ILW.COM - the immigration portal Immigration Daily

Immigration Daily: the news source for legal professionals. Free! Join 35000+ readers

Home Page

Advanced search

Immigration Daily


RSS feed

Processing times

Immigration forms

Discussion board



Twitter feed

Immigrant Nation


CLE Workshops

Immigration books

Advertise on ILW

VIP Network


Chinese Immig. Daily


Connect to us

Make us Homepage



Immigration Daily


Chinese Immig. Daily

The leading
immigration law
publisher - over
50000 pages of free

Immigration LLC.

Immigration Daily: the news source for
legal professionals. Free! Join 35000+ readers
Enter your email address here:

< Back to current issue of Immigration Daily

Bloggings on Immigration Law

by Richard M.Green

Do Computers Run the PERM Program?

On March 9, 2010 Nathan Littauer Hospital & Nursing Home filed a PERM application on behalf of an employee. PERM is the usual first step in employment based immigration. It involves a test of the labor market and attestation that there are no US citizens or permanent residents ready, willing, and qualified to do the job offered to the non-citizen.

The employer (or more probably their attorney) made one little mistake on the PERM ETA 9089 form. The employer failed to answer question J-23 which indicates if the Employer is presently employing the beneficiary. The employer did complete section K where they indicated that the beneficiary was presently employed by the employer and that the beneficiary had been employed by the employer since 2005.

On April 26, 2010 the Department of Laborís [DOL] computers analyzed and denied the Employerís application. In the denial, the DOL cited the sole reason for denial was the failure to answer question J-23. Under the Department of Laborís regulations, failure to complete all the questions on the PERM application is grounds for a denial of a PERM application.

On May 6, 2010, the Employer asked the Certifying Officer to reconsider his denial. In this request, the Employer stated that the failure to answer question J-23 is a typographical error, and the answer to question J-23 can be found in the employment history (section K -6 and K-7) of the form. This was the first opportunity for the Department of Labor to exercise common sense. They missed it. On June 29, 2010 the Department of Labor forwarded this file to the Board of Alien Labor Certification Appeals (BALCA) and requested their denial be affirmed.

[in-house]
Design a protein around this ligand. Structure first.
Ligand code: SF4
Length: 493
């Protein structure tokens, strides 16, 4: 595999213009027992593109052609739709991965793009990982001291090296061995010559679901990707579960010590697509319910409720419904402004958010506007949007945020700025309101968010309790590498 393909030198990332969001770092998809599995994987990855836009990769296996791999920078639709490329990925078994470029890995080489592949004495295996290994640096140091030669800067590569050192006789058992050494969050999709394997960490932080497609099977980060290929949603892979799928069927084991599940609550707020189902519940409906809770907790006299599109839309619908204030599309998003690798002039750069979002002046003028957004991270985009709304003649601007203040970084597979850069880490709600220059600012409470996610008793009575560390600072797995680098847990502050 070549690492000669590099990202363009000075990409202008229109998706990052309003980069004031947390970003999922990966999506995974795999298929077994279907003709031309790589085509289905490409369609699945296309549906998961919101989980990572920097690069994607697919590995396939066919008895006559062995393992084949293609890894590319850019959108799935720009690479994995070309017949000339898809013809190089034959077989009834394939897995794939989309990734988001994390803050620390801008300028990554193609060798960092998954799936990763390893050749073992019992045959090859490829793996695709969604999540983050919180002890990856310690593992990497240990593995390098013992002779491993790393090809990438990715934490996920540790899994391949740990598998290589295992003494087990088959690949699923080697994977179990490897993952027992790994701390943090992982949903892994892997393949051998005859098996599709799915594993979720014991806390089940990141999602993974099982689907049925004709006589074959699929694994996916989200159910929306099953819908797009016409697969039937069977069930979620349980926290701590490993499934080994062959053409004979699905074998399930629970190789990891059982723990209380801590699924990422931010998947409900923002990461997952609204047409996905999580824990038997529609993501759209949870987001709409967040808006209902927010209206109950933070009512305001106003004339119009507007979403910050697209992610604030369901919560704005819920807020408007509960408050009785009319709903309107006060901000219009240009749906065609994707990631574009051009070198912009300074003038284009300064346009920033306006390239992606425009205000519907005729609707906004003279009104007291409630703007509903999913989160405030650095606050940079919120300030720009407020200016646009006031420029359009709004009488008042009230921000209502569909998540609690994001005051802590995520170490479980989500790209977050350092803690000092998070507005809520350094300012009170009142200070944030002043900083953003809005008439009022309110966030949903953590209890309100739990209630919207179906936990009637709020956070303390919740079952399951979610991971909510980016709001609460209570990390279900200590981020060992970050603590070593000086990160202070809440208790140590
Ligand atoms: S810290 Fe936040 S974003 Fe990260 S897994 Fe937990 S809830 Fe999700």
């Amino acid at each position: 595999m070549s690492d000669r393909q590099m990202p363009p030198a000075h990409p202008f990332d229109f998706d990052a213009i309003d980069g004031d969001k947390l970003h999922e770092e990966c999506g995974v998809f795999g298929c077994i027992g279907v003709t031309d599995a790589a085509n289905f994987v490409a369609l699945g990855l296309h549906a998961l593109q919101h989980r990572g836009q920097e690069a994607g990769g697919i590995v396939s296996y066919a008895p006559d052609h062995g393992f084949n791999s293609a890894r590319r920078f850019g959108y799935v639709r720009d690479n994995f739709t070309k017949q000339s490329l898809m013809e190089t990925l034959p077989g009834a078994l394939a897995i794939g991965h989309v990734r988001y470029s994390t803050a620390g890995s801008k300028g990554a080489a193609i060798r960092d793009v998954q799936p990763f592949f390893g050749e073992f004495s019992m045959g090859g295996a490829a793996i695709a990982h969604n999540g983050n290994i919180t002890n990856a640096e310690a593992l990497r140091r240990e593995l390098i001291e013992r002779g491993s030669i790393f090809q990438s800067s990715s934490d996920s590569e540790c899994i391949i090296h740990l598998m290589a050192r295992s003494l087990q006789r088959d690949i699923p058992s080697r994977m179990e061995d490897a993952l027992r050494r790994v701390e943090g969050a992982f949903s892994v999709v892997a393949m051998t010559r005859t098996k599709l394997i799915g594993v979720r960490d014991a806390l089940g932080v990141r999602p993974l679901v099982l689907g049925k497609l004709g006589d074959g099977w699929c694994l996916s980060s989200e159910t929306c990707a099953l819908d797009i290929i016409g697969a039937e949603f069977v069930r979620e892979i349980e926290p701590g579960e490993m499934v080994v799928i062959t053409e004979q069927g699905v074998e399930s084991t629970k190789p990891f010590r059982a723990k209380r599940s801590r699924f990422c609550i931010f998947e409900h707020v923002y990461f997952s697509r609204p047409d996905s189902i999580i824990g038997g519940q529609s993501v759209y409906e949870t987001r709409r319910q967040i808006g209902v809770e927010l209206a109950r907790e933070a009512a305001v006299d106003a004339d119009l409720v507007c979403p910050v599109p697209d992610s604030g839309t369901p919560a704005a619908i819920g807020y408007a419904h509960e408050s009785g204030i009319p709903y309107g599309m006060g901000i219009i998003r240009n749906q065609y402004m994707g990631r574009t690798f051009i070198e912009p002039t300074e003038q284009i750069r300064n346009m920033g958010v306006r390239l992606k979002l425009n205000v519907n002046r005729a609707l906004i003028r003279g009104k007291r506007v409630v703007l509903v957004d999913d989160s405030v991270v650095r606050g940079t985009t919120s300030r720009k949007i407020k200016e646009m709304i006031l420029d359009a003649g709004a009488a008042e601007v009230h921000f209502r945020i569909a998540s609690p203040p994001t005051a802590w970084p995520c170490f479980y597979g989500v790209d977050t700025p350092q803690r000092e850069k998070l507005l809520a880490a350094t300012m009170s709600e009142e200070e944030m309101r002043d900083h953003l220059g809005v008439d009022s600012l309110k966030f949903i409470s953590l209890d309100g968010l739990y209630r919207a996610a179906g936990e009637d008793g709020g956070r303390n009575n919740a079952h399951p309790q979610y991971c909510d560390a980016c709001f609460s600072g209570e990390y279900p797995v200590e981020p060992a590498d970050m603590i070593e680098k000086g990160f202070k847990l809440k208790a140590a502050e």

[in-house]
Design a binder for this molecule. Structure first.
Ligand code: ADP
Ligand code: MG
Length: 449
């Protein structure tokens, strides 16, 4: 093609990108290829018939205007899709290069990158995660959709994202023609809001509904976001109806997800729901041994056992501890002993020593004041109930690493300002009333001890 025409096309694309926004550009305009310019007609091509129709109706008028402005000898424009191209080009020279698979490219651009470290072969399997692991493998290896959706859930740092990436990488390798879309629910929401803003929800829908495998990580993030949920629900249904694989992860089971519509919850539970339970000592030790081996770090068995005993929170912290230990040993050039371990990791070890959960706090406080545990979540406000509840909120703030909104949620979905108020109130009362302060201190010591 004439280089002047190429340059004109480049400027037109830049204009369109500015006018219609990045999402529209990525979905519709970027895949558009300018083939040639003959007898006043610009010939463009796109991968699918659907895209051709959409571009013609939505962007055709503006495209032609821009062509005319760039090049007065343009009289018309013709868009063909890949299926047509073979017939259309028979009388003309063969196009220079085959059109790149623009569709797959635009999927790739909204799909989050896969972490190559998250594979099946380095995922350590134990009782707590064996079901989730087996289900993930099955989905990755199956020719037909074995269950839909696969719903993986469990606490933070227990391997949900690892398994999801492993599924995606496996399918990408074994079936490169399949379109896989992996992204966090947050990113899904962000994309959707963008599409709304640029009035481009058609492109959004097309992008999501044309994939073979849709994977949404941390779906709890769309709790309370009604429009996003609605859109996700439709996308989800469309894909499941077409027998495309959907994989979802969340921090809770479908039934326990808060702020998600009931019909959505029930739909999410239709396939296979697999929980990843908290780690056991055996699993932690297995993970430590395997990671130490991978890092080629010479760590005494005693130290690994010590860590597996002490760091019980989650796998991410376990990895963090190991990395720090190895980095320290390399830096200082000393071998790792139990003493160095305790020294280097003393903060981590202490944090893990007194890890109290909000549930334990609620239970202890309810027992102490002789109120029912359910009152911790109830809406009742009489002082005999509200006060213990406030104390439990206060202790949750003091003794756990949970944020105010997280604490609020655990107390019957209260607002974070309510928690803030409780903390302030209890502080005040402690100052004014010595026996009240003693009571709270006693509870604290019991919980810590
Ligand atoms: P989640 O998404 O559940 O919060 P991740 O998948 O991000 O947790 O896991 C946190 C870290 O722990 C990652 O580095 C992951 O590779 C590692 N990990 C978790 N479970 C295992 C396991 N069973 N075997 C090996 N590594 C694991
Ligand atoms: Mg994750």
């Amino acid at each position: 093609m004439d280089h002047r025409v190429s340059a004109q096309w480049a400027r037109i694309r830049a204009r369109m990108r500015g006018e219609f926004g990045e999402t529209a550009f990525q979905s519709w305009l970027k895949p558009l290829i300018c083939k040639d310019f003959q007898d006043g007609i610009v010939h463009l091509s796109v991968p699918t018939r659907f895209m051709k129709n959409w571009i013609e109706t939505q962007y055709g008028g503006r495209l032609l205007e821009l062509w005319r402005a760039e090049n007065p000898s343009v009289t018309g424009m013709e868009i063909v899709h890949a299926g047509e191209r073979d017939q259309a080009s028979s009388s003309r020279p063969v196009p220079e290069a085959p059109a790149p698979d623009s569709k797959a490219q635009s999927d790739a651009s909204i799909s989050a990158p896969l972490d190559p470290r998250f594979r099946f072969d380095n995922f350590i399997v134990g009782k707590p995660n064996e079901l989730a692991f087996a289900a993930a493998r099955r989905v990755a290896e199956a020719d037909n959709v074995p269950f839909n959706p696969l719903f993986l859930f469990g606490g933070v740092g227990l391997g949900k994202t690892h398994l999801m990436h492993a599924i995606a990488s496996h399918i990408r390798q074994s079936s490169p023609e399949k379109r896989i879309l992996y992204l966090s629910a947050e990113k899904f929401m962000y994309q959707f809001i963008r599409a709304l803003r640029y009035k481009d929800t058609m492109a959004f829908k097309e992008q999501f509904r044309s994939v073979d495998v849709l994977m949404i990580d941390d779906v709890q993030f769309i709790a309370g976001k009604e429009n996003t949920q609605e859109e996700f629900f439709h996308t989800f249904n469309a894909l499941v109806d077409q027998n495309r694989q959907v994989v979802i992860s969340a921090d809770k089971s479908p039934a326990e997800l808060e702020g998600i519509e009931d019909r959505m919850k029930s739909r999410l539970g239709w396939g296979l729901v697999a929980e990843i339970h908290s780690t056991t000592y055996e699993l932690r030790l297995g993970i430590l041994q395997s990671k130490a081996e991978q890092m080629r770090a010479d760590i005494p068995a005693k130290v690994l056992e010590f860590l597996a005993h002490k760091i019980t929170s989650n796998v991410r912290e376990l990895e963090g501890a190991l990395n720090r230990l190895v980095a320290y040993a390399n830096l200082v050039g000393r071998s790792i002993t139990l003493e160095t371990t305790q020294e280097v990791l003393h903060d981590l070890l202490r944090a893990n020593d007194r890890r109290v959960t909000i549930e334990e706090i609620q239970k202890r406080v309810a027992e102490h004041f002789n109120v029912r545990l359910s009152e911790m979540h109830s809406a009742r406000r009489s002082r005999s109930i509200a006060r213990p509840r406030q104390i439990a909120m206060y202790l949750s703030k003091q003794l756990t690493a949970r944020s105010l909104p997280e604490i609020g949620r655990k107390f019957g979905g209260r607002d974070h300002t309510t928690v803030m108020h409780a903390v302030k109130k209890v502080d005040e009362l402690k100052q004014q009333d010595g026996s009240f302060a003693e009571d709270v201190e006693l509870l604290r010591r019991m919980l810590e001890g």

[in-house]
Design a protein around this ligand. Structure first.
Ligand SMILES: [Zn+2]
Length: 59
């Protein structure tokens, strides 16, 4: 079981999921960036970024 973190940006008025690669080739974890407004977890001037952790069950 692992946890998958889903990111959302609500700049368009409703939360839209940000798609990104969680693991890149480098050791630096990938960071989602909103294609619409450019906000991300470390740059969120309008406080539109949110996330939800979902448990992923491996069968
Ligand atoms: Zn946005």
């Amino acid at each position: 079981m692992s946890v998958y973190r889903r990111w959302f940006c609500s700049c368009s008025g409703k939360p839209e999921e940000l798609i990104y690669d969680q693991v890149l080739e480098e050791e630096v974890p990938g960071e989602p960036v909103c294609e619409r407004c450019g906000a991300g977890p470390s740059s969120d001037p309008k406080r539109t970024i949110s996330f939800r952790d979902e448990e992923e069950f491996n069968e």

On August 16, 2011 the BALCA vacated the DOLís decision in this case. BALCA observed that the folks at the DOL did not have to look beyond the same page of the original application to determine the response to the inadvertently omitted section of the application. ďWe find that the [DOLís] denial based on a pro forma computer check was arbitrary and capricious.Ē BALCA remanded the application to the DOL for further processing.

This is not the first such BALCA remand. Similar remands for silly mistakes made by immigration lawyers include Matter of Yesmeena Corp (Failure of attorney to date box N-3), Matter of Heso Electric (Failure of preparer to answer question M-1 but suppled preparer information in box M and signed applicaiton) and matter of Shastriji Penn. Donuts Corp. (Question M-3 preparer's title left blank). I wish the people at the Department of Laborís Employment & Training Administration would realize that people make mistakes, and that some mistakes are harmless. I also wish that they would realize that policy decision to eschew common sense and litigate every possible grounds of denial of a PERM application all the way to the Board of Alien Labor Certification Appeal serves only to drive up the costs for employers and delay the final determination of an otherwise meritorious PERM application.

About The Author

Richard M.Green is a Huntington Beach attorney with more than a decade of experience helping clients achieve their immigration and naturalization goals. Since just a few months after he was admitted to the bar in 1998, his practice has been primarily focused on immigration law. text

The opinions expressed in this article do not necessarily reflect the opinion of ILW.COM.

Immigration Daily: the news source for
legal professionals. Free! Join 35000+ readers
Enter your email address here: